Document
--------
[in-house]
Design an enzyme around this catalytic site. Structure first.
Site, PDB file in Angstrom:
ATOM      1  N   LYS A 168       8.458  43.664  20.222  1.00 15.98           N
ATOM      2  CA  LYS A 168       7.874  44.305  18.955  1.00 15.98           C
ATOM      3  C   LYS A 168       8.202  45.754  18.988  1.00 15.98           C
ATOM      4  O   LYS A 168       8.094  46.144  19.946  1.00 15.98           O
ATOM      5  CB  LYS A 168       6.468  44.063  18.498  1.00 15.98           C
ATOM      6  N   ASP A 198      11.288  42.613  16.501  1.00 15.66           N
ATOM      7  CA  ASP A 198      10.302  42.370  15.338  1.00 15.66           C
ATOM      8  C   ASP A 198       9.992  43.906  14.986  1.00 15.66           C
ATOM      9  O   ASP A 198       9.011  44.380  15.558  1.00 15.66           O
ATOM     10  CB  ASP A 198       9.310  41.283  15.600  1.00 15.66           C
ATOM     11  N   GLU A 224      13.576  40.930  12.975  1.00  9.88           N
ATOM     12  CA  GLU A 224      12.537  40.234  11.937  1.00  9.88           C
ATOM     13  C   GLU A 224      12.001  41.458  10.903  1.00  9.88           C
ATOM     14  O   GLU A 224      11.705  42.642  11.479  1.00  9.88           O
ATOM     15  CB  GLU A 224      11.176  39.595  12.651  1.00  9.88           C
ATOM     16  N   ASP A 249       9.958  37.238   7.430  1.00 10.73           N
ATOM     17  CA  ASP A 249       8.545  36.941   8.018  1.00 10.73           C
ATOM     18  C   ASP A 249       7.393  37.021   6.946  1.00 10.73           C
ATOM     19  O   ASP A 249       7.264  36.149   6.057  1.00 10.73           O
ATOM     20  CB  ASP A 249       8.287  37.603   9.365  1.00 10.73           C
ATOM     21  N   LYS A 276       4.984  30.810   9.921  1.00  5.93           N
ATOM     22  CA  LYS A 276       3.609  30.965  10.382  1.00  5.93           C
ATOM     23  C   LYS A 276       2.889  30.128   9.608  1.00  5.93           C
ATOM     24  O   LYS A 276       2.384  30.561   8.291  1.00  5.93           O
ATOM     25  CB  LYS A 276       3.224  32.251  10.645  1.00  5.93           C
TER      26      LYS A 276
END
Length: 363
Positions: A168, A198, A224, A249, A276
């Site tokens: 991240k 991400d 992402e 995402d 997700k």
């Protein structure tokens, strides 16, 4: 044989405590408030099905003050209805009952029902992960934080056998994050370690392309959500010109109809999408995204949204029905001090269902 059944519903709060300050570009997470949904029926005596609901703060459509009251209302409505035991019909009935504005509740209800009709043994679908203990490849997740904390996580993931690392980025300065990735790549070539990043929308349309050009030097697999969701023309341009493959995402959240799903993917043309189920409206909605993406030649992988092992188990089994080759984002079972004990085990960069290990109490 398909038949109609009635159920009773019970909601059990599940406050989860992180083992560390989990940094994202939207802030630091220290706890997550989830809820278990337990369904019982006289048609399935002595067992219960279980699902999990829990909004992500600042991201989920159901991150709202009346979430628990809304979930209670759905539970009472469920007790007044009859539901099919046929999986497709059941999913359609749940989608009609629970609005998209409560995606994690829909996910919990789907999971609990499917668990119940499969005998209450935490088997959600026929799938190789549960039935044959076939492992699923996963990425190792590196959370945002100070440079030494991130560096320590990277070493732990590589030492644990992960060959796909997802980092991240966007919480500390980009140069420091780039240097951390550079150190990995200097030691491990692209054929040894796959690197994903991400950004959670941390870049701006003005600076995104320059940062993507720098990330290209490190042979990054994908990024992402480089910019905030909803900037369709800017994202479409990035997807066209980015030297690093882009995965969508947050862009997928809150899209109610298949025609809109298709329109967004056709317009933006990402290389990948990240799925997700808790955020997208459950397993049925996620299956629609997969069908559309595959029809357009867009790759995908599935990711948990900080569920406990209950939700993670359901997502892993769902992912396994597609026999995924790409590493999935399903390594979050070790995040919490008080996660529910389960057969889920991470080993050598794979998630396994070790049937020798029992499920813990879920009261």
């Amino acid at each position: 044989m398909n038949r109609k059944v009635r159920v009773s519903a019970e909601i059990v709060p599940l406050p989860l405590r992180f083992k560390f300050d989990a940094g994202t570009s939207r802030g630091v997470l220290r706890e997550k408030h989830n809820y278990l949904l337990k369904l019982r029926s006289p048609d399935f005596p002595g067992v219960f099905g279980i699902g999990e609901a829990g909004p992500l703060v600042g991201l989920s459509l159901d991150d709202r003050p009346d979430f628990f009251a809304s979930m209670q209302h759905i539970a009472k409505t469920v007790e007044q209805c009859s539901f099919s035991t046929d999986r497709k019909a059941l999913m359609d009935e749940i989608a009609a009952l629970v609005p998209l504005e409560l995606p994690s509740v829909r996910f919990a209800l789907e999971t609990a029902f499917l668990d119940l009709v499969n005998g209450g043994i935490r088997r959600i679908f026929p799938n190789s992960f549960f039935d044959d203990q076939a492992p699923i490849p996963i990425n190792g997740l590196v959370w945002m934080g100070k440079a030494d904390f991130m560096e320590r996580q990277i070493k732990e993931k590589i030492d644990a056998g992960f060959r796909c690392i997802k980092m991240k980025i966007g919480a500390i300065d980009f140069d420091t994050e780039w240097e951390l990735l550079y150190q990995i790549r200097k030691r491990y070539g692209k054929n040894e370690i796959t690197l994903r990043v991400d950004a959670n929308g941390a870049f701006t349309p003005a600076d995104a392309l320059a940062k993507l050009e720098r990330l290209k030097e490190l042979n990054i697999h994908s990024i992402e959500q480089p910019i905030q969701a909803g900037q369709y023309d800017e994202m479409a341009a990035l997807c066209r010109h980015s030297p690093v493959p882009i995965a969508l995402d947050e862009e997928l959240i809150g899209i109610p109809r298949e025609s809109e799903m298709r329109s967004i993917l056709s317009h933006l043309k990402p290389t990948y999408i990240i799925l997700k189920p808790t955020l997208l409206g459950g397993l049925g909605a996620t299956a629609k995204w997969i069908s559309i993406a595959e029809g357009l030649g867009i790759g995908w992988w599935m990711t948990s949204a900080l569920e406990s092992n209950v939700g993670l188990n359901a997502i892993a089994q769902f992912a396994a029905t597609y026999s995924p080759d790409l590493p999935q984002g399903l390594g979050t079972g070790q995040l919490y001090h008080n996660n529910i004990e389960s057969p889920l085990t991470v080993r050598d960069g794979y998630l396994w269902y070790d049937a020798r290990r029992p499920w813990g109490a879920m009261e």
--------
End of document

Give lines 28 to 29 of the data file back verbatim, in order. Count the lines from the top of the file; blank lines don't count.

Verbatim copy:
ATOM     25  CB  LYS A 276       3.224  32.251  10.645  1.00  5.93           C
TER      26      LYS A 276